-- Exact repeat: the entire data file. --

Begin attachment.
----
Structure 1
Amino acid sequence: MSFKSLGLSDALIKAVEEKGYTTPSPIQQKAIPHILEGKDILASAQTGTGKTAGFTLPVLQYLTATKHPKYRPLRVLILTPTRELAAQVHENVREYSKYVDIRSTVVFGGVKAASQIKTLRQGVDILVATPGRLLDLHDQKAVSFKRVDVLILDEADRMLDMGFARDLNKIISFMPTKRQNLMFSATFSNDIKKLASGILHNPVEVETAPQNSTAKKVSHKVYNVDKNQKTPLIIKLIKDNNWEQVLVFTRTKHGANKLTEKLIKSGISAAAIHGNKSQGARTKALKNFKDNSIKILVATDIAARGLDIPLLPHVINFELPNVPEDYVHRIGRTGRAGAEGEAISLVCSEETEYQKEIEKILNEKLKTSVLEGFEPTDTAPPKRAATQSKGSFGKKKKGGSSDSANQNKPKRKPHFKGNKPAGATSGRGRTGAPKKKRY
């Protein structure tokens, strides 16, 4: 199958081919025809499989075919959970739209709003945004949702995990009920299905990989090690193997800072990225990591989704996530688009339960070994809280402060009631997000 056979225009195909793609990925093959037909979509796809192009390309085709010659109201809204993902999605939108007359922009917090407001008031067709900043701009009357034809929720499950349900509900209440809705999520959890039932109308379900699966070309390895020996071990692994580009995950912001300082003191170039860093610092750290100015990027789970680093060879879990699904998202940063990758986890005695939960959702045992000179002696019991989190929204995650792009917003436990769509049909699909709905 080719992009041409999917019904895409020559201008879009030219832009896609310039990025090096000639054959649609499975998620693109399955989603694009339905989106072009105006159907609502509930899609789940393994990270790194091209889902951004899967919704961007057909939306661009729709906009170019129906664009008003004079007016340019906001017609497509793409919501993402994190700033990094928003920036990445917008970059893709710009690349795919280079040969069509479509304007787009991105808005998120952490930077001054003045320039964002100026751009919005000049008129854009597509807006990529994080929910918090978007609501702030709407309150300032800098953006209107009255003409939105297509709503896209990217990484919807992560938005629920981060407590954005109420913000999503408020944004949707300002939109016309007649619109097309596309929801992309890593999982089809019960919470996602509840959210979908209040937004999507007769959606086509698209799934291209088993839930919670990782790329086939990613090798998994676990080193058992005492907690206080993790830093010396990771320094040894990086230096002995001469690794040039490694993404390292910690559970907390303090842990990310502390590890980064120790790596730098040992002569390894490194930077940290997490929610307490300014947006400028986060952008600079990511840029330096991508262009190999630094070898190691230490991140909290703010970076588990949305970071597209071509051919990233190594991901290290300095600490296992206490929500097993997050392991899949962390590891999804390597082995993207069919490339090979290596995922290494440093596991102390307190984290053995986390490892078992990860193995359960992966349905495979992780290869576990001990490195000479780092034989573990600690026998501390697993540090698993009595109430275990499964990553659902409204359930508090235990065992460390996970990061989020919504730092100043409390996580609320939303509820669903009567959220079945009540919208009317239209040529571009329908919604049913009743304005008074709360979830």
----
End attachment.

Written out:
Structure 1
Amino acid sequence: MSFKSLGLSDALIKAVEEKGYTTPSPIQQKAIPHILEGKDILASAQTGTGKTAGFTLPVLQYLTATKHPKYRPLRVLILTPTRELAAQVHENVREYSKYVDIRSTVVFGGVKAASQIKTLRQGVDILVATPGRLLDLHDQKAVSFKRVDVLILDEADRMLDMGFARDLNKIISFMPTKRQNLMFSATFSNDIKKLASGILHNPVEVETAPQNSTAKKVSHKVYNVDKNQKTPLIIKLIKDNNWEQVLVFTRTKHGANKLTEKLIKSGISAAAIHGNKSQGARTKALKNFKDNSIKILVATDIAARGLDIPLLPHVINFELPNVPEDYVHRIGRTGRAGAEGEAISLVCSEETEYQKEIEKILNEKLKTSVLEGFEPTDTAPPKRAATQSKGSFGKKKKGGSSDSANQNKPKRKPHFKGNKPAGATSGRGRTGAPKKKRY
């Protein structure tokens, strides 16, 4: 199958081919025809499989075919959970739209709003945004949702995990009920299905990989090690193997800072990225990591989704996530688009339960070994809280402060009631997000 056979225009195909793609990925093959037909979509796809192009390309085709010659109201809204993902999605939108007359922009917090407001008031067709900043701009009357034809929720499950349900509900209440809705999520959890039932109308379900699966070309390895020996071990692994580009995950912001300082003191170039860093610092750290100015990027789970680093060879879990699904998202940063990758986890005695939960959702045992000179002696019991989190929204995650792009917003436990769509049909699909709905 080719992009041409999917019904895409020559201008879009030219832009896609310039990025090096000639054959649609499975998620693109399955989603694009339905989106072009105006159907609502509930899609789940393994990270790194091209889902951004899967919704961007057909939306661009729709906009170019129906664009008003004079007016340019906001017609497509793409919501993402994190700033990094928003920036990445917008970059893709710009690349795919280079040969069509479509304007787009991105808005998120952490930077001054003045320039964002100026751009919005000049008129854009597509807006990529994080929910918090978007609501702030709407309150300032800098953006209107009255003409939105297509709503896209990217990484919807992560938005629920981060407590954005109420913000999503408020944004949707300002939109016309007649619109097309596309929801992309890593999982089809019960919470996602509840959210979908209040937004999507007769959606086509698209799934291209088993839930919670990782790329086939990613090798998994676990080193058992005492907690206080993790830093010396990771320094040894990086230096002995001469690794040039490694993404390292910690559970907390303090842990990310502390590890980064120790790596730098040992002569390894490194930077940290997490929610307490300014947006400028986060952008600079990511840029330096991508262009190999630094070898190691230490991140909290703010970076588990949305970071597209071509051919990233190594991901290290300095600490296992206490929500097993997050392991899949962390590891999804390597082995993207069919490339090979290596995922290494440093596991102390307190984290053995986390490892078992990860193995359960992966349905495979992780290869576990001990490195000479780092034989573990600690026998501390697993540090698993009595109430275990499964990553659902409204359930508090235990065992460390996970990061989020919504730092100043409390996580609320939303509820669903009567959220079945009540919208009317239209040529571009329908919604049913009743304005008074709360979830």